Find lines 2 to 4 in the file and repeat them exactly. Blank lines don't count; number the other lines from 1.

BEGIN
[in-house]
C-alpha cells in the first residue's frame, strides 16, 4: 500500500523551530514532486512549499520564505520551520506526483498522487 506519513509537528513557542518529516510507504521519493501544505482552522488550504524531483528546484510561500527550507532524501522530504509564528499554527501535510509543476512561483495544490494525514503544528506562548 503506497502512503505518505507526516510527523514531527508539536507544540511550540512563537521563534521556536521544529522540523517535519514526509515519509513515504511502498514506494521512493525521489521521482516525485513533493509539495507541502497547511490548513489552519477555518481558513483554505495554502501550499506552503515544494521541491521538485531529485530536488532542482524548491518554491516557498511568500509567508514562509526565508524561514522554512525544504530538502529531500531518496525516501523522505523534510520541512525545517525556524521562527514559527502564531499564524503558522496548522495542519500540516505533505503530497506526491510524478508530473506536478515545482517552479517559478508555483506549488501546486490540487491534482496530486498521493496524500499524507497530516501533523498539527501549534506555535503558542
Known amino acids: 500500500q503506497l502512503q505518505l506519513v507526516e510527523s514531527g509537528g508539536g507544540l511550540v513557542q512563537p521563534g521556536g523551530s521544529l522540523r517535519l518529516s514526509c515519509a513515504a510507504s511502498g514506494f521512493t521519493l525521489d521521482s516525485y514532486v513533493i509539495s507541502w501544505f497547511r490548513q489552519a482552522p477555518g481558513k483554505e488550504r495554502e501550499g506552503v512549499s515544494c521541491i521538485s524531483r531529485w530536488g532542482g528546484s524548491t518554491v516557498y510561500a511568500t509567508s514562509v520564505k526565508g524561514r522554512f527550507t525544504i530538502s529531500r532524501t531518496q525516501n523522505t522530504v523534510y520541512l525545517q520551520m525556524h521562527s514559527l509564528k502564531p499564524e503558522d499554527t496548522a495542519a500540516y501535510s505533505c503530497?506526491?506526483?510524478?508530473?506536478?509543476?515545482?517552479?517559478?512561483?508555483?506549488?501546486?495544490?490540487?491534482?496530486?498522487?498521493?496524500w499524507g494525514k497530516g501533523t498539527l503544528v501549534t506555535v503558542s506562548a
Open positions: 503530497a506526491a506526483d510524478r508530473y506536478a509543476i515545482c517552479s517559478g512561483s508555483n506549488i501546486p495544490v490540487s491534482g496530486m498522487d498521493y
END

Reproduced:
C-alpha cells in the first residue's frame, strides 16, 4: 500500500523551530514532486512549499520564505520551520506526483498522487 506519513509537528513557542518529516510507504521519493501544505482552522488550504524531483528546484510561500527550507532524501522530504509564528499554527501535510509543476512561483495544490494525514503544528506562548 503506497502512503505518505507526516510527523514531527508539536507544540511550540512563537521563534521556536521544529522540523517535519514526509515519509513515504511502498514506494521512493525521489521521482516525485513533493509539495507541502497547511490548513489552519477555518481558513483554505495554502501550499506552503515544494521541491521538485531529485530536488532542482524548491518554491516557498511568500509567508514562509526565508524561514522554512525544504530538502529531500531518496525516501523522505523534510520541512525545517525556524521562527514559527502564531499564524503558522496548522495542519500540516505533505503530497506526491510524478508530473506536478515545482517552479517559478508555483506549488501546486490540487491534482496530486498521493496524500499524507497530516501533523498539527501549534506555535503558542
Known amino acids: 500500500q503506497l502512503q505518505l506519513v507526516e510527523s514531527g509537528g508539536g507544540l511550540v513557542q512563537p521563534g521556536g523551530s521544529l522540523r517535519l518529516s514526509c515519509a513515504a510507504s511502498g514506494f521512493t521519493l525521489d521521482s516525485y514532486v513533493i509539495s507541502w501544505f497547511r490548513q489552519a482552522p477555518g481558513k483554505e488550504r495554502e501550499g506552503v512549499s515544494c521541491i521538485s524531483r531529485w530536488g532542482g528546484s524548491t518554491v516557498y510561500a511568500t509567508s514562509v520564505k526565508g524561514r522554512f527550507t525544504i530538502s529531500r532524501t531518496q525516501n523522505t522530504v523534510y520541512l525545517q520551520m525556524h521562527s514559527l509564528k502564531p499564524e503558522d499554527t496548522a495542519a500540516y501535510s505533505c503530497?506526491?506526483?510524478?508530473?506536478?509543476?515545482?517552479?517559478?512561483?508555483?506549488?501546486?495544490?490540487?491534482?496530486?498522487?498521493?496524500w499524507g494525514k497530516g501533523t498539527l503544528v501549534t506555535v503558542s506562548a
Open positions: 503530497a506526491a506526483d510524478r508530473y506536478a509543476i515545482c517552479s517559478g512561483s508555483n506549488i501546486p495544490v490540487s491534482g496530486m498522487d498521493y